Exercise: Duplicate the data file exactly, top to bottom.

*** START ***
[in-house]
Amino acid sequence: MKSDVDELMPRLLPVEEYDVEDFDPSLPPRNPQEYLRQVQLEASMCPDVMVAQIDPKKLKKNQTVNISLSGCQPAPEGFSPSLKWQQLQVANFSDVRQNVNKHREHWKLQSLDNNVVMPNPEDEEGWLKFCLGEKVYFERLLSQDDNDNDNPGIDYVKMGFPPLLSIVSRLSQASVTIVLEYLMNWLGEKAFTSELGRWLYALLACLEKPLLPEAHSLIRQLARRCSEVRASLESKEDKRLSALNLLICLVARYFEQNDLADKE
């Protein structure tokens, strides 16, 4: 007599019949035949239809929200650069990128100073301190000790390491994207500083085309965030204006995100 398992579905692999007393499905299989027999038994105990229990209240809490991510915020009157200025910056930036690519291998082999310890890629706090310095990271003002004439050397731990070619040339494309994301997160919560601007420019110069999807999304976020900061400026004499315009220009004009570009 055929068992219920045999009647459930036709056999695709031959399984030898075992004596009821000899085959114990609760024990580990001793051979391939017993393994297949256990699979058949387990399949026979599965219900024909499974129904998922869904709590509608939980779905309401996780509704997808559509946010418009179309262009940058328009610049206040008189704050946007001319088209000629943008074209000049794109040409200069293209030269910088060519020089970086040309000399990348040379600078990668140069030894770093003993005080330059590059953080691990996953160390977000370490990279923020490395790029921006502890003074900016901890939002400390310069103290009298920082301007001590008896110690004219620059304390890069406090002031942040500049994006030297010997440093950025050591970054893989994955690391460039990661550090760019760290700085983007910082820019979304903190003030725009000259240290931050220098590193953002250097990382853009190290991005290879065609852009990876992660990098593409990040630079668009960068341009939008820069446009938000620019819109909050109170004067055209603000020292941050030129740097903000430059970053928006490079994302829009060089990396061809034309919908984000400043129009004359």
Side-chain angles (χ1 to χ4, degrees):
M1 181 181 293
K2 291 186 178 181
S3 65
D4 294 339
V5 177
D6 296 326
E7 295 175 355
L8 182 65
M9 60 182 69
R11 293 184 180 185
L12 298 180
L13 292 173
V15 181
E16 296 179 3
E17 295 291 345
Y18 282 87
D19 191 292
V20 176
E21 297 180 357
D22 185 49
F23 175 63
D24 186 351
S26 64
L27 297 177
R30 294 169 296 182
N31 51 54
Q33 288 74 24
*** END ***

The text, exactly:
[in-house]
Amino acid sequence: MKSDVDELMPRLLPVEEYDVEDFDPSLPPRNPQEYLRQVQLEASMCPDVMVAQIDPKKLKKNQTVNISLSGCQPAPEGFSPSLKWQQLQVANFSDVRQNVNKHREHWKLQSLDNNVVMPNPEDEEGWLKFCLGEKVYFERLLSQDDNDNDNPGIDYVKMGFPPLLSIVSRLSQASVTIVLEYLMNWLGEKAFTSELGRWLYALLACLEKPLLPEAHSLIRQLARRCSEVRASLESKEDKRLSALNLLICLVARYFEQNDLADKE
């Protein structure tokens, strides 16, 4: 007599019949035949239809929200650069990128100073301190000790390491994207500083085309965030204006995100 398992579905692999007393499905299989027999038994105990229990209240809490991510915020009157200025910056930036690519291998082999310890890629706090310095990271003002004439050397731990070619040339494309994301997160919560601007420019110069999807999304976020900061400026004499315009220009004009570009 055929068992219920045999009647459930036709056999695709031959399984030898075992004596009821000899085959114990609760024990580990001793051979391939017993393994297949256990699979058949387990399949026979599965219900024909499974129904998922869904709590509608939980779905309401996780509704997808559509946010418009179309262009940058328009610049206040008189704050946007001319088209000629943008074209000049794109040409200069293209030269910088060519020089970086040309000399990348040379600078990668140069030894770093003993005080330059590059953080691990996953160390977000370490990279923020490395790029921006502890003074900016901890939002400390310069103290009298920082301007001590008896110690004219620059304390890069406090002031942040500049994006030297010997440093950025050591970054893989994955690391460039990661550090760019760290700085983007910082820019979304903190003030725009000259240290931050220098590193953002250097990382853009190290991005290879065609852009990876992660990098593409990040630079668009960068341009939008820069446009938000620019819109909050109170004067055209603000020292941050030129740097903000430059970053928006490079994302829009060089990396061809034309919908984000400043129009004359």
Side-chain angles (χ1 to χ4, degrees):
M1 181 181 293
K2 291 186 178 181
S3 65
D4 294 339
V5 177
D6 296 326
E7 295 175 355
L8 182 65
M9 60 182 69
R11 293 184 180 185
L12 298 180
L13 292 173
V15 181
E16 296 179 3
E17 295 291 345
Y18 282 87
D19 191 292
V20 176
E21 297 180 357
D22 185 49
F23 175 63
D24 186 351
S26 64
L27 297 177
R30 294 169 296 182
N31 51 54
Q33 288 74 24